Irish vs. Canadian Wheaten Bread
Now in my last post, which was ages ago, I left you with a teaser for my next post. There was some drama that happened with the … dried bugs … so for the longest time I had the excuse that I thought my mail-order scorpions (no, you are not having a seizure that is making your reading-eyes imagine things) had been thrown out with the cottage fridge, but I recently discovered that my father-in-law managed to rescue my dried creepies, so now the reason why I haven’t blogged them yet is just because I am procrastinating seeing what a scorpion tastes like.
I might just feed them to my sister, who has always been a very picky eater, so stay tuned for foodie hilarity.
In the meantime, let’s talk about something more delicious. (I assume — maybe I’ve been avoiding eating scorpion for all the wrong reasons and they taste just like little lobsters)
A few weeks ago we visited Northern Ireland, which is where my husband’s family is from.
Here’s Holywood’s shoreline (pronounced “Hollywood”)
Here’s Strangford Lough
And Belfast (I didn’t take as many scenery shots there, it’s nicer than my pics)
Here are a few beautiful family shots that my husband’s cousin’s wife Kellie the photographer took, in a park that I forget the name of. Love them!
You might remember from before that I tried to make Northern Ireland’s unique “wheaten bread.” When you have a proper breakfast in Northern Ireland, there will usually be wheaten and regular bread on the table, and sometimes even more varieties. Here is the first known historic description of how to make it (found here):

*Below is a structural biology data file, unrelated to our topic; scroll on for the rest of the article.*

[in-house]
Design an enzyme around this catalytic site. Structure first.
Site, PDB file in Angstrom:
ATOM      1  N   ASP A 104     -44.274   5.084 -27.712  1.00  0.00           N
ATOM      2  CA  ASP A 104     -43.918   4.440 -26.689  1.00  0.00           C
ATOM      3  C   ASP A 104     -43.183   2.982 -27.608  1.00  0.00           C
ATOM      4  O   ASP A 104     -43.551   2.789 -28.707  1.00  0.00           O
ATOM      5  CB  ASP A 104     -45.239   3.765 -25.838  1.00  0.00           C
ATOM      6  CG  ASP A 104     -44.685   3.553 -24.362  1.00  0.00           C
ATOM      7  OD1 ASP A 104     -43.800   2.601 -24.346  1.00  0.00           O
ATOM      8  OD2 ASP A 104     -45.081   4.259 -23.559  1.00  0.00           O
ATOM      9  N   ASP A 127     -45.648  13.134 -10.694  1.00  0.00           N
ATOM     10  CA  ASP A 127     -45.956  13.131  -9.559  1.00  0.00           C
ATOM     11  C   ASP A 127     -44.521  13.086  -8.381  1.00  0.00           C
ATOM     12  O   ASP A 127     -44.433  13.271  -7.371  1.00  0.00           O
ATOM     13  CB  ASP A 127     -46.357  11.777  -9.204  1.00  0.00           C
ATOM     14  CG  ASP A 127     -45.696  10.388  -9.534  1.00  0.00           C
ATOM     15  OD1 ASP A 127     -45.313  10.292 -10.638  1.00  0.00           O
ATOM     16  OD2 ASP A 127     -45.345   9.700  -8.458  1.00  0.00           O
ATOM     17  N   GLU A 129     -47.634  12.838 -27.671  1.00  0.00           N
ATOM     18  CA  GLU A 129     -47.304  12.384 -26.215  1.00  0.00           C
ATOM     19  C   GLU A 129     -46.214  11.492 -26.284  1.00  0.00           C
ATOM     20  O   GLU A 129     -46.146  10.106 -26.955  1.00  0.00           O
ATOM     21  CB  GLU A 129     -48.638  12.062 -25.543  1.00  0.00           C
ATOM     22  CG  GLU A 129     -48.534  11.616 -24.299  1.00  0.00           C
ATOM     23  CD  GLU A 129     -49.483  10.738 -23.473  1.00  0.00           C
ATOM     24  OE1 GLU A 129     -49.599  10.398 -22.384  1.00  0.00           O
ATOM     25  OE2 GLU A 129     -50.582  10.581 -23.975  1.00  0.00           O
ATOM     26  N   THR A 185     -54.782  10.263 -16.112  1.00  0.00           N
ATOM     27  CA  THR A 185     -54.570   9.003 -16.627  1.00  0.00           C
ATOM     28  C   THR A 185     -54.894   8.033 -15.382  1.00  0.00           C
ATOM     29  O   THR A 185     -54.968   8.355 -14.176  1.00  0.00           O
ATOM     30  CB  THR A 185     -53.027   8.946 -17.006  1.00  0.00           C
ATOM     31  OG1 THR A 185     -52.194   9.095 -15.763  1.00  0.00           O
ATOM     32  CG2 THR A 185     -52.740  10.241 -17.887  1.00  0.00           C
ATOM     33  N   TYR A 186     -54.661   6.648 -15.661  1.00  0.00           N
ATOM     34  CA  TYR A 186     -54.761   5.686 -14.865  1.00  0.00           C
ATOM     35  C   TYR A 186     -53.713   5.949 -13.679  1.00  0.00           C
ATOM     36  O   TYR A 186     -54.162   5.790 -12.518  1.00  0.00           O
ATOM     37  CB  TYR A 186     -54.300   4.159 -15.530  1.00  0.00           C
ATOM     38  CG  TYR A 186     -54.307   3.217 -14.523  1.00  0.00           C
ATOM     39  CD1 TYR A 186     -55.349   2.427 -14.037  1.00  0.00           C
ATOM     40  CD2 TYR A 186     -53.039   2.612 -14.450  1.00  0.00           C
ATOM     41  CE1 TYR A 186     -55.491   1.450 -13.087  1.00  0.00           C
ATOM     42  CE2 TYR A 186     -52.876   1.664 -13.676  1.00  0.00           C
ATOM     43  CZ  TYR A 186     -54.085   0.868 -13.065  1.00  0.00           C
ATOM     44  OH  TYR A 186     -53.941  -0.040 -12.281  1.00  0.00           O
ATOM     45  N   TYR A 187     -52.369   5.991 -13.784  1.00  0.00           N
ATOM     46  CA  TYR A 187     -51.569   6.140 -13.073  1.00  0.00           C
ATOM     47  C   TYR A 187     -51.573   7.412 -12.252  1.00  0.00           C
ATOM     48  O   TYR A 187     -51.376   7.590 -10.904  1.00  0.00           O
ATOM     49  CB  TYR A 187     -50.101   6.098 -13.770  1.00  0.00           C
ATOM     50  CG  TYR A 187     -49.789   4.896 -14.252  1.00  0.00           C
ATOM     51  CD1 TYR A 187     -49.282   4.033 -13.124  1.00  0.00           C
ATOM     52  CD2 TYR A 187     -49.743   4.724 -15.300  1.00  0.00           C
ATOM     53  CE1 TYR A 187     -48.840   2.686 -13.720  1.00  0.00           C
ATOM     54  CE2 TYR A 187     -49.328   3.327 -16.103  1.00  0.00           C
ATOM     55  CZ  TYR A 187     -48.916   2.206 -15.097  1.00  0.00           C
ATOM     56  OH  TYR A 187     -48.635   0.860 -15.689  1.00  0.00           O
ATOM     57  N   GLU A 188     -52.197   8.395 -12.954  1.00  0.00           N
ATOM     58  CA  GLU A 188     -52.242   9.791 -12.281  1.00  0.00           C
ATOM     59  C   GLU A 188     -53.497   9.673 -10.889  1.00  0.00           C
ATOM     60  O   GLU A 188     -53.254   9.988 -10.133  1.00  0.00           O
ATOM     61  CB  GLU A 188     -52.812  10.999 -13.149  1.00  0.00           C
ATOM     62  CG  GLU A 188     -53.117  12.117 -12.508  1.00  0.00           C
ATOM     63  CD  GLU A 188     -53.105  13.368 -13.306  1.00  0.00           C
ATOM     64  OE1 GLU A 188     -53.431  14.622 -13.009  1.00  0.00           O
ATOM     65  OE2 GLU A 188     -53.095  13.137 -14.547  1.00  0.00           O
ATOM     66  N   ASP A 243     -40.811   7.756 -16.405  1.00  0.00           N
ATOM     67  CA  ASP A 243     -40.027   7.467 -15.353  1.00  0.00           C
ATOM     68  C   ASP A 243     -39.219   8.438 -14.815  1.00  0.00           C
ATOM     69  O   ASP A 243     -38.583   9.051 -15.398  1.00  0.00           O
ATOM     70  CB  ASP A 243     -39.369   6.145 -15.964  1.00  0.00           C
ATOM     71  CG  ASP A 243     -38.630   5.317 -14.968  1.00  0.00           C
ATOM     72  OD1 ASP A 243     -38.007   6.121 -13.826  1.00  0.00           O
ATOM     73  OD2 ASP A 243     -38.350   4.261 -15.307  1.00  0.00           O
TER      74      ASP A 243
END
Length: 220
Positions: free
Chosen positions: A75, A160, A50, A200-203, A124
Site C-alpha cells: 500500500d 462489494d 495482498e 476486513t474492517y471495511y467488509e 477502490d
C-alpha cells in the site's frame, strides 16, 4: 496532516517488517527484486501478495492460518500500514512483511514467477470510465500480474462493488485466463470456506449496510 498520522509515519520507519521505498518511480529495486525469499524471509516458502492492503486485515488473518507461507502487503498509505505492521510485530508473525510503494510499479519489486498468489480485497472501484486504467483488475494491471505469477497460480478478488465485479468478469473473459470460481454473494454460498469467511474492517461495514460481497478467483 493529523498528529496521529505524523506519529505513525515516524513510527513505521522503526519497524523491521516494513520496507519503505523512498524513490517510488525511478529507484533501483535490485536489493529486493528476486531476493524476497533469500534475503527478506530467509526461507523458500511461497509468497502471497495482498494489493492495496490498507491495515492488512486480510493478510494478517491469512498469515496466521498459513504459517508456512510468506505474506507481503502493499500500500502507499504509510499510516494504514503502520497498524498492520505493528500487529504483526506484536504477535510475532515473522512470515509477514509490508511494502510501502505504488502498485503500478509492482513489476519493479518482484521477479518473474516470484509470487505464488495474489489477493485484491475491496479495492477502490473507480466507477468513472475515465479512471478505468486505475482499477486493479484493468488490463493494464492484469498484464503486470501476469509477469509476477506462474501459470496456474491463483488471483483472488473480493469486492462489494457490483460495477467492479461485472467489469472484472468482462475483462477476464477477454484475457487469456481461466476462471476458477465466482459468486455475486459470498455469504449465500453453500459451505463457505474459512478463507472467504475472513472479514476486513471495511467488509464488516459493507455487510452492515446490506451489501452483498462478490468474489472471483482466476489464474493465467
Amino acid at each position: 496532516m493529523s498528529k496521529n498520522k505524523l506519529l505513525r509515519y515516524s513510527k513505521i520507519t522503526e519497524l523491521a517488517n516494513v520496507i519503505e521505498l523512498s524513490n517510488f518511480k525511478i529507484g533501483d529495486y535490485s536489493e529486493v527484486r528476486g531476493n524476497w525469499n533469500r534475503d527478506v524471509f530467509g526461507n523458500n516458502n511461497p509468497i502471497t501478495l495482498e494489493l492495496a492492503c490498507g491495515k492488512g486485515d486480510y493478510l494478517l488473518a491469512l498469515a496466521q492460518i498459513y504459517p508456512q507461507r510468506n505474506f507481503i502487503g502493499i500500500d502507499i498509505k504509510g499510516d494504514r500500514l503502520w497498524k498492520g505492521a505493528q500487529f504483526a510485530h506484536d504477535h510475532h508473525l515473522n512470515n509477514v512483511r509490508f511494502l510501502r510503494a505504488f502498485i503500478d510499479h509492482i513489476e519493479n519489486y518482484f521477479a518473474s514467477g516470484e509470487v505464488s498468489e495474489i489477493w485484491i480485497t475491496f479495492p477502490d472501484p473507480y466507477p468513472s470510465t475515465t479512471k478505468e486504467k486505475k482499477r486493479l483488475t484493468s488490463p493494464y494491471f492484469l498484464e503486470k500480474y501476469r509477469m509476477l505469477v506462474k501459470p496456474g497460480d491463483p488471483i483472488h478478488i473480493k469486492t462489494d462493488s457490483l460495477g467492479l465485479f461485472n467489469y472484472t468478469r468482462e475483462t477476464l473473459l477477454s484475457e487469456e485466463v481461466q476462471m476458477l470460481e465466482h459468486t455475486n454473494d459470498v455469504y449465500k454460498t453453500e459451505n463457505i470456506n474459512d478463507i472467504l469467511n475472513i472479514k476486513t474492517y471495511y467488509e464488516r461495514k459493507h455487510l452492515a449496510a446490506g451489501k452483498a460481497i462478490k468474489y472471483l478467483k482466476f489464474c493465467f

In NOV 1836 the The Farmer’s magazine (London) p. 328 cited the following article that was repeated in various publications in the US, including The Journal of the Franklin Institute of the State of Pennsylvania and Mechanics’ Register on page 71 had the following:
A correspondent of the Newry Telegraph (a newspaper in Northern Ireland) gives the following receipt for making “soda bread,” stating that “there is no bread to be had equal to it for invigorating the body, promoting digestion, strengthening the stomach, and improving the state of the bowels.” He says, “put a pound and a half of good wheaten meal into a large bowl, mix with it two teaspoonfuls of finely-powdered salt, then take a large teaspoonful of super-carbonate of soda, dissolve it in a half a teacupful of cold water, and add it to the meal; rub up all intimately together, then pour into the bowl as much very sour buttermilk as will make the whole into soft dough (it should be as soft as could possibly be handled, and the softer the better,) form it into a cake of about an inch thickness, and put into a flat Dutch oven or frying pan, with some metallic cover, such as an oven-lid or griddle, apply a moderate heat underneath for twenty minutes, then lay some clear live coals upon the lid, and keep it so for half an hour longer (the under heat being allowed to fall off gradually for the last fifteen minutes,) taking off the cover occasionally to see that it does not burn. This he concludes, when somewhat cooled and moderately buttered, is as wholesome as ever entered man’s stomach. Wm . Claker , Esq., of Gosford, has ordered a sample of the bread to be prepared, and a quantity of the meal to be kept for sale at the Markethill Temperance Soup and Coffee Rooms. Farmer’s Magazine.